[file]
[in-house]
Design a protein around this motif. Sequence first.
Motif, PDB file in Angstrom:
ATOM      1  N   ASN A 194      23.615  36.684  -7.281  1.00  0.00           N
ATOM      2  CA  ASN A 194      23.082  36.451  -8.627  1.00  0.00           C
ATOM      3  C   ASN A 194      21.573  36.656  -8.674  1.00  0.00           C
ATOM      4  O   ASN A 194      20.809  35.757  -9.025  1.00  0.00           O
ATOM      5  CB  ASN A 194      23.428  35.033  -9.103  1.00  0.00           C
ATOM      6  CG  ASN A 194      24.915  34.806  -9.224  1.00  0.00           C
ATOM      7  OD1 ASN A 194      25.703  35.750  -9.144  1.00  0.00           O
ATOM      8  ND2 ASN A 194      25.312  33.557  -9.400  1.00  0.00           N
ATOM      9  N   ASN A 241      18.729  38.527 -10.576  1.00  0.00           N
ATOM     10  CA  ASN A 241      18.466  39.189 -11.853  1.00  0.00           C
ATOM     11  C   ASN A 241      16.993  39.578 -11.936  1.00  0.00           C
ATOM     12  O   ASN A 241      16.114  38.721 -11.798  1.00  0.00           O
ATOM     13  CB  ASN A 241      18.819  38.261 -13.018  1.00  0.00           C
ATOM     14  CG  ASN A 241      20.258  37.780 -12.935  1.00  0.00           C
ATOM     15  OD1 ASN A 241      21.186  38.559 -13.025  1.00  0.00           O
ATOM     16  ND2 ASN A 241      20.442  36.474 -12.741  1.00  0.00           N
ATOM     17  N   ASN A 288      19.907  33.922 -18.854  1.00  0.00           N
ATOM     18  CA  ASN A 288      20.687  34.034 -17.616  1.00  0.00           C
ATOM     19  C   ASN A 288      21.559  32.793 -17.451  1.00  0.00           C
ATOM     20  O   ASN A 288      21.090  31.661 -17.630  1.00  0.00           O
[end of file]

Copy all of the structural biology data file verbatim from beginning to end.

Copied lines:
[in-house]
Design a protein around this motif. Sequence first.
Motif, PDB file in Angstrom:
ATOM      1  N   ASN A 194      23.615  36.684  -7.281  1.00  0.00           N
ATOM      2  CA  ASN A 194      23.082  36.451  -8.627  1.00  0.00           C
ATOM      3  C   ASN A 194      21.573  36.656  -8.674  1.00  0.00           C
ATOM      4  O   ASN A 194      20.809  35.757  -9.025  1.00  0.00           O
ATOM      5  CB  ASN A 194      23.428  35.033  -9.103  1.00  0.00           C
ATOM      6  CG  ASN A 194      24.915  34.806  -9.224  1.00  0.00           C
ATOM      7  OD1 ASN A 194      25.703  35.750  -9.144  1.00  0.00           O
ATOM      8  ND2 ASN A 194      25.312  33.557  -9.400  1.00  0.00           N
ATOM      9  N   ASN A 241      18.729  38.527 -10.576  1.00  0.00           N
ATOM     10  CA  ASN A 241      18.466  39.189 -11.853  1.00  0.00           C
ATOM     11  C   ASN A 241      16.993  39.578 -11.936  1.00  0.00           C
ATOM     12  O   ASN A 241      16.114  38.721 -11.798  1.00  0.00           O
ATOM     13  CB  ASN A 241      18.819  38.261 -13.018  1.00  0.00           C
ATOM     14  CG  ASN A 241      20.258  37.780 -12.935  1.00  0.00           C
ATOM     15  OD1 ASN A 241      21.186  38.559 -13.025  1.00  0.00           O
ATOM     16  ND2 ASN A 241      20.442  36.474 -12.741  1.00  0.00           N
ATOM     17  N   ASN A 288      19.907  33.922 -18.854  1.00  0.00           N
ATOM     18  CA  ASN A 288      20.687  34.034 -17.616  1.00  0.00           C
ATOM     19  C   ASN A 288      21.559  32.793 -17.451  1.00  0.00           C
ATOM     20  O   ASN A 288      21.090  31.661 -17.630  1.00  0.00           O